Colleagues of a government employee who died in a suspected suicide after reporting bullying say they were also victims of a toxic workplace culture.

The Weekend Herald understands the Public Service Association has acted in numerous cases for workers at Housing New Zealand who complained of bullying and harassment.

At least two employees left after taking personal grievance cases, one which involved an external review by lawyers.

The Weekend Herald reported last week on the death of a Housing New Zealand staff member who died ten days after complaining to management he was the victim of sustained, unresolved workplace bullying.

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The death was not reported to health and safety authorities for six months despite regulations requiring agencies to report any death "arising out of the conduct of a business" to WorkSafe immediately.

When WorkSafe was told, it was only after a coroner began an inquiry. WorkSafe did not investigate, saying it did not consider the death to be "notifiable".

Previously, five concerned colleagues, who claimed the man was so stressed he was pulling out his hair, said they feared the death would be "swept under the carpet".

Since the story was published, ten more current and former Housing New Zealand employees have claimed they were also victims of bullying.

Some former staff members said they never formalised their complaints, instead choosing to leave before reaching breaking point.

One woman said she quit just three weeks before the man at the centre of the Weekend Herald's story died, leaving lingering feelings of guilt.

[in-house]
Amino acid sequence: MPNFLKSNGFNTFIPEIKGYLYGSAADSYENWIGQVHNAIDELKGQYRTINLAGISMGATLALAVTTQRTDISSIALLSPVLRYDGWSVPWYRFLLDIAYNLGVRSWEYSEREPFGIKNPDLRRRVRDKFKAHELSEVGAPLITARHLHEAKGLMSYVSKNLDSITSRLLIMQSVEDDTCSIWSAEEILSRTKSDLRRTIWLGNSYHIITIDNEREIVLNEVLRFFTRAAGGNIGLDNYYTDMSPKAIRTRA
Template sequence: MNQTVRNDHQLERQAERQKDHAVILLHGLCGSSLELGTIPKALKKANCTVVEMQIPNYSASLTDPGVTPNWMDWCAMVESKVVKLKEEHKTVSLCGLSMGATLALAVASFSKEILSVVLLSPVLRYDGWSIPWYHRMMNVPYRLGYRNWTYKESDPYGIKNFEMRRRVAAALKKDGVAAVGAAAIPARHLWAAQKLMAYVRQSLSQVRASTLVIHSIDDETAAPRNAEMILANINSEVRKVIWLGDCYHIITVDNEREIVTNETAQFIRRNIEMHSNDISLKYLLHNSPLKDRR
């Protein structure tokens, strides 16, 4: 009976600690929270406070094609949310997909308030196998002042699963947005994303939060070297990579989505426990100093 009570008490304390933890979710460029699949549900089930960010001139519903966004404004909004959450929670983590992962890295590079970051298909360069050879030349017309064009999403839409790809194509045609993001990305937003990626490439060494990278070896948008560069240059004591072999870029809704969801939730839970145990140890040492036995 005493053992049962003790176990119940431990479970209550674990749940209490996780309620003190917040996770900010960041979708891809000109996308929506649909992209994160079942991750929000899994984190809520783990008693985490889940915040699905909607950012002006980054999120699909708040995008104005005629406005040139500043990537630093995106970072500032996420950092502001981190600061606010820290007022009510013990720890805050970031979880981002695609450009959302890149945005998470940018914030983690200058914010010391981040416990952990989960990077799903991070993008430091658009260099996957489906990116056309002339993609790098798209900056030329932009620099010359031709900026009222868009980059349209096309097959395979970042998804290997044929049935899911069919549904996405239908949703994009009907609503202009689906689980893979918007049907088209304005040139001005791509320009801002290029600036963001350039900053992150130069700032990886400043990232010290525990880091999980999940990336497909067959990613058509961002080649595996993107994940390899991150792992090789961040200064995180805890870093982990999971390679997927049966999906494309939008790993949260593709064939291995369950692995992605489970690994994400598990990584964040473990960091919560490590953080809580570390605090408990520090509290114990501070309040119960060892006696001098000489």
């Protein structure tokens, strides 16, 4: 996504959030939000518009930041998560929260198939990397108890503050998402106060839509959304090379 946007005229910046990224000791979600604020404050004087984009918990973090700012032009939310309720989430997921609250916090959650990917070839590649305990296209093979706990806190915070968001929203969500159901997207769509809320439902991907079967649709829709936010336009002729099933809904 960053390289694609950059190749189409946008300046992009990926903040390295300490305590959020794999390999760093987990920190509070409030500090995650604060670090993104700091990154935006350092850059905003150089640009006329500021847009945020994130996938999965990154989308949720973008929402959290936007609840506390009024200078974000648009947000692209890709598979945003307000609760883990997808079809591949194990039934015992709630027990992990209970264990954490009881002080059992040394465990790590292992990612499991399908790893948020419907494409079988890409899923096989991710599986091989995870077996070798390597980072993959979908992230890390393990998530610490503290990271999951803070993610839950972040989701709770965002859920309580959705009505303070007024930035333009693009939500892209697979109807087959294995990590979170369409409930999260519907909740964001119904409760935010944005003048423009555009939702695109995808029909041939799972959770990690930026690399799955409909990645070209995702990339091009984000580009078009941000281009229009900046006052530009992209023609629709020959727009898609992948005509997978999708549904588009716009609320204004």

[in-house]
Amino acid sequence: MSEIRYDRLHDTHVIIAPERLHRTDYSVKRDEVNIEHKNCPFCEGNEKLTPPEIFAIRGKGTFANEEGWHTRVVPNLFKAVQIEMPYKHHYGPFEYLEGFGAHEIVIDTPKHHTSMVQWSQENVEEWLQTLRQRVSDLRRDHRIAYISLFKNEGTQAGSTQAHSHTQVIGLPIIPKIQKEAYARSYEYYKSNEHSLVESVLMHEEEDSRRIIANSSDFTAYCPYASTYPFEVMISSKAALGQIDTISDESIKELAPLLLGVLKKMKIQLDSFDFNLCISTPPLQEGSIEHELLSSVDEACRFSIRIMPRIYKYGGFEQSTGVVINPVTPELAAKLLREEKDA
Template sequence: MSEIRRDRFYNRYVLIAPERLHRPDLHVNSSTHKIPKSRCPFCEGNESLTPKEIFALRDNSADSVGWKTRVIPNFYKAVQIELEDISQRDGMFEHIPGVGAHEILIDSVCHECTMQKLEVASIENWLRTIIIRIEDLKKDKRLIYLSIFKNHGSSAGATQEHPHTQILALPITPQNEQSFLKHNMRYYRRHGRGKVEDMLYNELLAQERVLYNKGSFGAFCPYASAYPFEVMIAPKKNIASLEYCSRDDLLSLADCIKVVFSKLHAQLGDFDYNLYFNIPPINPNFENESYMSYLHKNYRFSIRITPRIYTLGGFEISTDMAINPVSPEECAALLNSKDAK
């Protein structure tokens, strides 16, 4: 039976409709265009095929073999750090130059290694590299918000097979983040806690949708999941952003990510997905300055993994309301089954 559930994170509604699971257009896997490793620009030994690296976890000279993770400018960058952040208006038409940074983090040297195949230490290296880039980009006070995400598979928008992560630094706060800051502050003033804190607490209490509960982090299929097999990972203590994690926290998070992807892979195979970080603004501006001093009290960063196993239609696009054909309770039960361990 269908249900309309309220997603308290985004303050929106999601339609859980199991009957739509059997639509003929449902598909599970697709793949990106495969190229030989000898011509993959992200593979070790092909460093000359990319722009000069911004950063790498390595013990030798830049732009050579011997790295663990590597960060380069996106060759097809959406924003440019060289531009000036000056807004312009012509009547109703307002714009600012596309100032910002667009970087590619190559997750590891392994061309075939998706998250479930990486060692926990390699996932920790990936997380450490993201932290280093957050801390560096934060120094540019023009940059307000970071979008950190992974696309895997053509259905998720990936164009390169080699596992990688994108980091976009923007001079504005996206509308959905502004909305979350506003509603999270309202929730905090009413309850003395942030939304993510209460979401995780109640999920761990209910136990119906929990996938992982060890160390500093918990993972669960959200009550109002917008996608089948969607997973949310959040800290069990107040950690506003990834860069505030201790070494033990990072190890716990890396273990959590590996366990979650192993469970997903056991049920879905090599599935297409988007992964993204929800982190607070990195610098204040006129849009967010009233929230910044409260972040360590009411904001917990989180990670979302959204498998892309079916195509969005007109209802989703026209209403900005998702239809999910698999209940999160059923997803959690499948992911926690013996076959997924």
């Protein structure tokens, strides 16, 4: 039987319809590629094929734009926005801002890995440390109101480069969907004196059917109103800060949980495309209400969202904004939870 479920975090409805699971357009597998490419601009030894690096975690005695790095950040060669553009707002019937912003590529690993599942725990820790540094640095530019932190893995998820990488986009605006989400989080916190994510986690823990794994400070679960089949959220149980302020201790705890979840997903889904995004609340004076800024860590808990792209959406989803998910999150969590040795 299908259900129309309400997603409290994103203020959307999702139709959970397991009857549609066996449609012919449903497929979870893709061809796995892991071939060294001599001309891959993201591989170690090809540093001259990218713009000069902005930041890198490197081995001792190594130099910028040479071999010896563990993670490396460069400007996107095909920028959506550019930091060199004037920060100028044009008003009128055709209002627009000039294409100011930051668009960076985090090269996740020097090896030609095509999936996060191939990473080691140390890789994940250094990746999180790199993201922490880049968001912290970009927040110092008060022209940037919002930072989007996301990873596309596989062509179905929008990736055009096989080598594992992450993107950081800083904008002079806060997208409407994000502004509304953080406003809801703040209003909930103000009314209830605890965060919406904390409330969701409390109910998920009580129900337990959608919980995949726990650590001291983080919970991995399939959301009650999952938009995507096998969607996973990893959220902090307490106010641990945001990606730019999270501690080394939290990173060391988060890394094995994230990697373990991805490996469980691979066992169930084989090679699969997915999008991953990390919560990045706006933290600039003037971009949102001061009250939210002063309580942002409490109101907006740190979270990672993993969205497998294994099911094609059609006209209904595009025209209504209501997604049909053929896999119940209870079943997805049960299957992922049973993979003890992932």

"I know I'm not accountable for his death but I just keep thinking about it," she said. "I keep thinking if I'd made a bigger deal out of what happened to me...it might have made a bit of difference."

Another woman said she was told when she left that Housing New Zealand were going to make changes.

"I'm so angry that it seems like nothing has changed," she said. " I was treated the same way as this gentleman."

The Public Service Association said there were significant problems with the culture at Housing New Zealand and it had held concerns for some time.

Meanwhile, health and safety advocate CultureSafe NZ is calling for an urgent investigation by Worksafe NZ into the suspected suicide.

Director Allan Halse said he personally reported the issue to Worksafe NZ on 28 November 2017, but no action was taken.

In a statement, Housing New Zealand chief executive Andrew McKenzie said the agency was limited in what it could say because the matter was before a coroner.

He said that after last year's tragedy, managers looked at what else the enterprise could do to make staff feel supported and cope with workplace stresses beyond its existing measures which included counselling and "well-being" programmes.

McKenzie said that as with any large organisation, employment-related issues were raised from time to time. Formal allegations of poor workplace behaviour were investigated thoroughly, he said.

He also pointed out that staff turnover at 7.8 per cent was "extremely low" relative to sector and industry benchmarks.

Where to get help:

Lifeline: 0800 543 354 (available 24/7)
Suicide Crisis Helpline: 0508 828 865 (0508 TAUTOKO) (available 24/7)
Youthline: 0800 376 633
Kidsline: 0800 543 754 (available 24/7)
Whatsup: 0800 942 8787 (1pm to 11pm)
Depression helpline: 0800 111 757 (available 24/7)
If it is an emergency and you feel like you or someone else is at risk, call 111.